Modernist flashback: Tour 60 years of Manu Parekh’s art in a Mumbai show
Check out 146 paintings and sculptures and four sketchbooks of drawings by the 79-year-old artist.Updated: Mar 09, 2018 23:00 IST
- WHEN: March 13 to April 15, 11 am to 6 pm
- WHERE: National Gallery of Modern Art, Fort.
- ENTRY: Rs 20
“Manubhai’s paintings aren’t just visually powerful. Their depth also evokes your sense of smell and touch,” says Adwaita Gadanayak, director general of the National Gallery of Modern Art (NGMA). He’s referring to the artist Manu Parekh’s vivid imagery, which can range from anguished faces to chaotic but radiant scenes of Varanasi to a still life of a flower vase.
The NGMA is set to host a retrospective titled Manu Parekh: 60 Years of Selected Works, featuring 146 paintings and sculptures as well as four sketchbooks containing numerous drawings by the 79-year-old modernist, all drawn from across his six-decade career. “The drawings are interesting because he would sketch directly with his paintbrush,” says Gadanayak.
The show is being presented by Gallery Art & Soul. “The exhibition is special because it gives me a chance to reflect on my entire body of work,” says the Delhi-based artist.
Manubhai the actor
The sense of drama in Parekh’s bold, definitive brushstrokes and expressive portraits comes from his background in theatre. Between the late 1950s and early 1960s, the Ahmedabad-born artist participated in inter-college drama competitions, designed sets and acted in plays. “My first director was [the Gujarati playwright] Taarak Mehta,” Parekh says.
Rural India shaped his art
In 1963, just after he got his diploma in Drawing and Painting from Mumbai’s JJ School of Art, Parekh joined the Weavers’ Service Centre, an initiative of the All India Handloom Board led by renowned cultural activist Pupul Jayakar.
Working as an art designer, he travelled to rural Orissa, Rajasthan and Haryana to document traditional crafts like Ikat and Madhubani. This experience impacted his early works. “Most of the weavers I met were agriculturists,” Parekh says. “The themes of fertility and nature in my works are derived from my experiences in these villages.”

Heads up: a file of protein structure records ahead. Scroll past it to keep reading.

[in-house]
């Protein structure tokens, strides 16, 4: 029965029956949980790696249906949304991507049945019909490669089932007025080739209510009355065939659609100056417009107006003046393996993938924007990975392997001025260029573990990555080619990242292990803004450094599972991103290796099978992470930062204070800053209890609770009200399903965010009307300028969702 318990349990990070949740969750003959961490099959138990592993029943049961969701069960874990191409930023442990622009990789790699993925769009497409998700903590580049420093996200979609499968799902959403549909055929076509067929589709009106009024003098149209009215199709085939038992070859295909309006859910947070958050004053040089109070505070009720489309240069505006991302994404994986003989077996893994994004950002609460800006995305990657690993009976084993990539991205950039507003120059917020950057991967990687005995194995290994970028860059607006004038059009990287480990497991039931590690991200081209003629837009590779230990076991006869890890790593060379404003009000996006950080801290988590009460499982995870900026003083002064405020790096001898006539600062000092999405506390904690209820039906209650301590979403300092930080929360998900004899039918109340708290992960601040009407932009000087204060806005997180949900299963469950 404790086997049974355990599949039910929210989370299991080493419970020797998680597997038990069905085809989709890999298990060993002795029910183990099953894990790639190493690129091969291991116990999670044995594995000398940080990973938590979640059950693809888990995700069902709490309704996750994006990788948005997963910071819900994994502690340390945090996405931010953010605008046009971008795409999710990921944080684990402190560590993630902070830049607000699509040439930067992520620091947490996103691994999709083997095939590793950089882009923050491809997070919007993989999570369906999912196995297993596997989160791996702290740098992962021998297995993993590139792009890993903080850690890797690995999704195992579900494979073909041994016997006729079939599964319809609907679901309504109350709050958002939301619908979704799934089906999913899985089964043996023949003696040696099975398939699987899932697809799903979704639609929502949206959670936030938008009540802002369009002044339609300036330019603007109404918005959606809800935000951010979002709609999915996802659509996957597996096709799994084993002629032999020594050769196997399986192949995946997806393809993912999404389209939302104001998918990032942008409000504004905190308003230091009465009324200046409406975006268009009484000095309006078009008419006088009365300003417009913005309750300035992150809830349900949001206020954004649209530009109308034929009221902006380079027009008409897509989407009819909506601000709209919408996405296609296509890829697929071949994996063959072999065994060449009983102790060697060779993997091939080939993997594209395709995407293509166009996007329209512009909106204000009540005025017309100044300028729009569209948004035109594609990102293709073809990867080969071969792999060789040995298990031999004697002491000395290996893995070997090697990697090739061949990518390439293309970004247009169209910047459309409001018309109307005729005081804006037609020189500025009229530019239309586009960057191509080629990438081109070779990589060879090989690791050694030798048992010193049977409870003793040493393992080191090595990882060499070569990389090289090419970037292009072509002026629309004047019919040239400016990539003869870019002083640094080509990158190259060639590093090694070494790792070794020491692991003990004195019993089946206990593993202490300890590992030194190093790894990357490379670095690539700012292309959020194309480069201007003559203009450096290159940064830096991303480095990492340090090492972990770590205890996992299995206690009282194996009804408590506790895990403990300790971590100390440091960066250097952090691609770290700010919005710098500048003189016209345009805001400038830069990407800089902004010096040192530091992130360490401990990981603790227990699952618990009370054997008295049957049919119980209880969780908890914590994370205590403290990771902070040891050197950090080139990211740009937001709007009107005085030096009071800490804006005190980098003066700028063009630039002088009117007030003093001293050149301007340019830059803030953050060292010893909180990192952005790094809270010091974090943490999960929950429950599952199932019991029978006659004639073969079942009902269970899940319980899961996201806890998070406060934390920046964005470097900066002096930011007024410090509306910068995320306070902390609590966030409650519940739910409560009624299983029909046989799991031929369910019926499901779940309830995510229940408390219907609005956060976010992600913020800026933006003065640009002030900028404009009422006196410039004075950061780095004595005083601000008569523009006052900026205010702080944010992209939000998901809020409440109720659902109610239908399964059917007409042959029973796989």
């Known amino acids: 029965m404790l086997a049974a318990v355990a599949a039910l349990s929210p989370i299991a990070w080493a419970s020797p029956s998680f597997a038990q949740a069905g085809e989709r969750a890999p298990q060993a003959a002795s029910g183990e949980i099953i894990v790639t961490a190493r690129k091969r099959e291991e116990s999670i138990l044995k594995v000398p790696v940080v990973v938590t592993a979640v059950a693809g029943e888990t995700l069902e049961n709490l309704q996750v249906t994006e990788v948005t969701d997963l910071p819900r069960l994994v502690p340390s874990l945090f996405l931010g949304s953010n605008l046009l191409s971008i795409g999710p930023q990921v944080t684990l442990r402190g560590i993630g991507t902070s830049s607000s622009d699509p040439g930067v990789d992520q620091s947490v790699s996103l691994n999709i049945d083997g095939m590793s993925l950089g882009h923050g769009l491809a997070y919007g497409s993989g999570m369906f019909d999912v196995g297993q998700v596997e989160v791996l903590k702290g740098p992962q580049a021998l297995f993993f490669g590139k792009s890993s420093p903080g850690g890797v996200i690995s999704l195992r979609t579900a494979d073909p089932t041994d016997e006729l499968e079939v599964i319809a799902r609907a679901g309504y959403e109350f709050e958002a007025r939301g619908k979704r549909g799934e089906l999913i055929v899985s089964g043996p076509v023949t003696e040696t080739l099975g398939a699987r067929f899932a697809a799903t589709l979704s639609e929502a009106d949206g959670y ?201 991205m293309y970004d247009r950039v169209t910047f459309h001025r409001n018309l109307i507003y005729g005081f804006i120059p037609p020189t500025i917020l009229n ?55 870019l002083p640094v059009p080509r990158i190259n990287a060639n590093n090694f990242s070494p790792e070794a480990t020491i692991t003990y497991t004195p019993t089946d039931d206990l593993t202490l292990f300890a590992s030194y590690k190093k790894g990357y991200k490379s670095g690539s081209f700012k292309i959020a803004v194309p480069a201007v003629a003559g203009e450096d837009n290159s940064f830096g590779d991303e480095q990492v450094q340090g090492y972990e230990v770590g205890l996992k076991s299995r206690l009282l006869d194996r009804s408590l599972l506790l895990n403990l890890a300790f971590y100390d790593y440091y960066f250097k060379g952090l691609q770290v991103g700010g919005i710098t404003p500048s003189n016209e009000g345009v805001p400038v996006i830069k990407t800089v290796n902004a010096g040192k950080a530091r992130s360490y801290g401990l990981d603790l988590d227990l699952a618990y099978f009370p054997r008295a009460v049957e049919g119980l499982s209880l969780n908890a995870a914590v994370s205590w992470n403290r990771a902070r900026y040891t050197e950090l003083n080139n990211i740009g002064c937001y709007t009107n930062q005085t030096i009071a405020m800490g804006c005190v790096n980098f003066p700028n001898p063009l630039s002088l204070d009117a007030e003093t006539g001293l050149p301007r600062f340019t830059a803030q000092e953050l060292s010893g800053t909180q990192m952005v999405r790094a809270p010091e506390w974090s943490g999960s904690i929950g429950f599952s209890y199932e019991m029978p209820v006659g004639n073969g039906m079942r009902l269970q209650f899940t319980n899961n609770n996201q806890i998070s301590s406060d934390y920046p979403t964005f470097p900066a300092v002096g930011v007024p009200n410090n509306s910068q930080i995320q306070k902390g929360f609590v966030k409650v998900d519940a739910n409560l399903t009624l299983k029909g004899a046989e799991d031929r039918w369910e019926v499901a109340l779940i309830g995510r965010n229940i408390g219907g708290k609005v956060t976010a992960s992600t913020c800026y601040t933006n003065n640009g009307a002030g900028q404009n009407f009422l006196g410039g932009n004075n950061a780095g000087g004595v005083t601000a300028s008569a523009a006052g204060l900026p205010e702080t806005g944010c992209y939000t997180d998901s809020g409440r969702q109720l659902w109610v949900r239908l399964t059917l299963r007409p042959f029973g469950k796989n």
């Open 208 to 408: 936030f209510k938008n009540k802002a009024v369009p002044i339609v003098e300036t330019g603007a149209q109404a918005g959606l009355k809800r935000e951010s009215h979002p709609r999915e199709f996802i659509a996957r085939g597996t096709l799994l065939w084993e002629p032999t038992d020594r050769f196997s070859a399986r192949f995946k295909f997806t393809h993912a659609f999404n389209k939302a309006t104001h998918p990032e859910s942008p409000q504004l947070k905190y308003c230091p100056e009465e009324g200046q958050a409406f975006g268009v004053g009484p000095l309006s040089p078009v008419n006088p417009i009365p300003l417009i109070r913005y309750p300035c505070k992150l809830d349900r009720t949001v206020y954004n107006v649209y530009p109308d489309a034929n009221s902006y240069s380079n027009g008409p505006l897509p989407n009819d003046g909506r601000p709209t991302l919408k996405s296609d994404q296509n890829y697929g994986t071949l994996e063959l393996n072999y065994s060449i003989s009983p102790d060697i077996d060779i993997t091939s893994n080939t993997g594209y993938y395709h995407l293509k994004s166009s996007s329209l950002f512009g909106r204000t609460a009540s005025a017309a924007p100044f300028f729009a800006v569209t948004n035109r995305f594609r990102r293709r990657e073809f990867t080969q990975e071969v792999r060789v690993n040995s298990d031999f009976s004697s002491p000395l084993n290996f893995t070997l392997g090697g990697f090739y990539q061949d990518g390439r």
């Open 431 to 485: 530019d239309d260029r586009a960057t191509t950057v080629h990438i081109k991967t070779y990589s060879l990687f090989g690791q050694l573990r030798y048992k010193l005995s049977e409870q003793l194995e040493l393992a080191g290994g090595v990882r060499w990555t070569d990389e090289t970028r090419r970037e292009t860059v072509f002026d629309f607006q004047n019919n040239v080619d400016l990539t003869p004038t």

Look, it’s Varanasi
Kolkata was Parekh’s muse for the 10 years that he lived in that city (1965 – 75). But his fascination with the pilgrim city of Varanasi has spanned three decades. He first visited it in the 1980s, and it inspired a large body of works nicknamed the Banaras series. In them, he paints teeming ghats and temple spires set against the orange hues of sunsets and cobalt blue skies. “Till date, I’m not bored of painting a Banaras landscape,” he says. “It’s a city full of energy where you can witness life and death together.”
Back in time
Remember the Bhagalpur Blindings of 1980, when the police poured acid in the eyes of 31 undertrials in Bihar? At the show, you’ll discover how the incident impacted Parekh. He painted a series of portraits that depict anguished faces in stark reds, blacks and greys. “I’m not a political painter,” he says. “I just wanted to express the pain of violence inflicted on a human being by another human.” Manubhai is inherently a painter among the people, says Sumesh Sharma, curator and co-founder of the Clark House Initiative, who has penned the artist note for the exhibition. “He is a keen observer and presents varied emotions -- ones that can signify oblation, celebration or suffering. Each of them demonstrates his connect with the people he paints for.”
Wait, is that The Last Supper?
The artist’s monumental 32-ft-long painting, Heads (2017) will also be on display. It features 13 faces, each with a different expression, and is reminiscent of Leonardo Da Vinci’s The Last Supper. “It’s my biggest painting so far and took four months to make,” says Parekh.
He was inspired to create it after seeing his wife, artist Madhvi Parekh’s, rendition of The Last Supper in 2011. “The painting signifies the theatrical dimension of my work,” he adds. “When creating it, I felt I was casting 13 actors in a play. I painted each portrait separately and then assembled the panels. It was an interesting experience.”